I’m a big fan of Sex and the City. I loved the groundbreaking, now legendary HBO series and saw the first film twice in a theater (something I don’t make a habit of doing very often). Given the enormous success of Carrie and Company’s first cinematic outing ($415 million worldwide box office on a $65 million budget), a sequel was inevitable. And while the initial teaser clip for Sex and the City 2 left me a little underwhelmed, the more extensive and polished trailer renewed my enthusiasm to see the film, which I did at a matinee on Friday. Alas, my hopes for a little afternoon delight ultimately resulted with me feeling more screwed over than satisfied by the experience.
SaTC2 is an embarrassment of riches, and not in a complimentary way. Carrie and Big have downsized from their at least $10 million palatial apartment from the first film to a more modest but equally dripping-in-money one, complete with a sofa that the couple had to wait a year and a half for before its delivery. Sure, Miranda’s still “slumming” it in Brooklyn, and “domestic” goddess Charlotte also remains in her fabulous Manhattan home but it’s pretty evident that none of the characters has been touched by economic crisis. I don’t recall the audience getting a glimpse of where Samantha’s living now that she’s moved back from L.A. but you know that wherever it is, it’s fabulous.
Continuing with the money-is-no-object theme, the audience is treated to the sort of gay wedding that would make most homosexuals cringe; well, at least this one. There’s a full male wedding chorus, swans, and the piece de resistance, Liza Minnelli conducting the ceremony AND performing “Single Ladies (Put a Ring on It)”. Talk about a Nightmare on Fag Street.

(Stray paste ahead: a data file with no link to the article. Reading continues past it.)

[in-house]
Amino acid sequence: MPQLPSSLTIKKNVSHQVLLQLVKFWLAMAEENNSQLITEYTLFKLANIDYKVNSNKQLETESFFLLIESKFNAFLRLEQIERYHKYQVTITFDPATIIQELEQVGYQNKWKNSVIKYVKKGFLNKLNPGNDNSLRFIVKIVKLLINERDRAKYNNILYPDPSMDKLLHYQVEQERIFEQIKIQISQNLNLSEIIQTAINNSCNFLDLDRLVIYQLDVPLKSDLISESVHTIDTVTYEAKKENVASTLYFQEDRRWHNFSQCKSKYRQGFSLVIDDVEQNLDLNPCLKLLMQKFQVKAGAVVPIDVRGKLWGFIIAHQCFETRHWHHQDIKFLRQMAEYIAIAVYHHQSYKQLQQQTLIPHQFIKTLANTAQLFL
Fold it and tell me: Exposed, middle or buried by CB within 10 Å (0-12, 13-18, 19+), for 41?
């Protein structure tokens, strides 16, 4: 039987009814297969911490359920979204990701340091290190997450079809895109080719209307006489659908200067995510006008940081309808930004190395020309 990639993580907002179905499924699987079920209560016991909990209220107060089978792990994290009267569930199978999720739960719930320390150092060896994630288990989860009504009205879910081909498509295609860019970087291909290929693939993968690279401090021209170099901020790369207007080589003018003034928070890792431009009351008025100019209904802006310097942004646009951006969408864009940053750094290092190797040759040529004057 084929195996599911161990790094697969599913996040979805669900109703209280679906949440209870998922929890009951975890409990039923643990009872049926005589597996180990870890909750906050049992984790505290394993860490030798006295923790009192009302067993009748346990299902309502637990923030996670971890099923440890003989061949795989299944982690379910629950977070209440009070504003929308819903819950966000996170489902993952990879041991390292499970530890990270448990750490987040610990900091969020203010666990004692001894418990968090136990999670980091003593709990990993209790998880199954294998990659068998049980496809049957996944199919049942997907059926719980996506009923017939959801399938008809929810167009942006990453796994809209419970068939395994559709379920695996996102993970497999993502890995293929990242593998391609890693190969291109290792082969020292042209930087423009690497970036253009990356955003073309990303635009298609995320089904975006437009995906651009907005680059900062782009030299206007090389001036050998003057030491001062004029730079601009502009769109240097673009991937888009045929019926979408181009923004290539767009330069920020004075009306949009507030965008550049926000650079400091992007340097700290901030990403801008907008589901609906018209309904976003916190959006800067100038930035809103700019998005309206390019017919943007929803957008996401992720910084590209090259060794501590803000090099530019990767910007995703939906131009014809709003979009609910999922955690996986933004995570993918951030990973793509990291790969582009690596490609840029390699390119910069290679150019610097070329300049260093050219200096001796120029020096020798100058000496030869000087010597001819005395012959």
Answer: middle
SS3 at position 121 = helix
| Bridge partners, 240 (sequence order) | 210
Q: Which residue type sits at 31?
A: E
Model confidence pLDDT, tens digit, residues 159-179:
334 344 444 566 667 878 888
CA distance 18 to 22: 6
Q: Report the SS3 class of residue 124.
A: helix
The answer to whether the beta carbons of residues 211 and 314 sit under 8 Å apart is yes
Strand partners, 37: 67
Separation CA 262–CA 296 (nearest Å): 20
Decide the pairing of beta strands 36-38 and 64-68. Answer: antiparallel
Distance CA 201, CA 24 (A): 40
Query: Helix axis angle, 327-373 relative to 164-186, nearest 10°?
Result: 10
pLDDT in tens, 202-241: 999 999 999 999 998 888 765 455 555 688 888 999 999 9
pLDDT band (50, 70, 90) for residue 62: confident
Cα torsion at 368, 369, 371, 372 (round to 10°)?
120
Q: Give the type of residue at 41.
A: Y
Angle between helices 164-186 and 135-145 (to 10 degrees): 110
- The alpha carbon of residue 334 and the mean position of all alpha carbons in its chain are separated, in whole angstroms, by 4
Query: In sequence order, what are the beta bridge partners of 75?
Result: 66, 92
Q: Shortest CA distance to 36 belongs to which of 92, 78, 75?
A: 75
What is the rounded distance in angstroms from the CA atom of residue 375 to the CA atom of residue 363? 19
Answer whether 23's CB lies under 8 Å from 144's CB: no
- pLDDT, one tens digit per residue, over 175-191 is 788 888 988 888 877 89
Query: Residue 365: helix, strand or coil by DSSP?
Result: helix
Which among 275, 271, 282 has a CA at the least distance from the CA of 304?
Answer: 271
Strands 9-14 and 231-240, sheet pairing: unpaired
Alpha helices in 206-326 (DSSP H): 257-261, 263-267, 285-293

The film (and money) eventually shifts from NYC to Abu Dhabi, where Samantha has been invited by a sheik to visit in order to create a PR campaign for the hotel he owns. Naturally, her one condition for doing so is that her three best girl friends must accompany her on this all expenses paid “business” trip; something the sheik agrees to…and eventually regrets, right along with the audience.
Bringing attention (if not solutions) to some serious issues are attempted by the film, but it feels as forced as the jokes. Trying to introduce girl power in the girl powerless Middle East is a big one, but when that message is delivered in the form of the fearless foursome singing an excruciating version of Helen Reddy’s “I Am Woman” at a karaoke bar, it’s one that can’t really be taken seriously; even worse it’s not even entertaining.
One other scene that backfires completely is when Charlotte and Miranda discuss the sometimes seemingly impossible-to-overcome challenges of motherhood. The fact that this conversation takes place at the private bar in their luxurious hotel suite is offensive enough, but the fact that the two women acknowledge the existence and severity of their hardships DESPITE having full-time help is a rich bitch slap in the face to mothers everywhere who have to juggle careers and domestic responsibilities without the assistance of nannies; more so for single mothers who are the sole breadwinners of their family. Is the audience supposed to feel sympathy towards either of these women, especially Charlotte, who wouldn’t last an hour without having her nanny there to save the day, every day?
Okay enough ranting about the film’s shortcomings. What SaTC2 does have going for it is the following: fabulous fashion (Sarah Jessica Parker reportedly had 62 wardrobe changes, 48 of which made it into the film) and some hot eye candy to distract straight women and gay men away from the film’s many flaws. Most notable new studs are Noah Mills as Anthony Marantino’s brother and best man, Nicky, and silver-haired Max Ryan, who portrays Danish businessman Rikard Spirit; both eventually appear nude in their roles as two of Samantha’s conquests, and provide the only reason to purchase the dvd, so you can fast forward, play, pause, rewind and repeat to your lustful heart’s content.
In the case of a film like Sex and the City 2, sometimes bad sex isn’t better than no sex at all.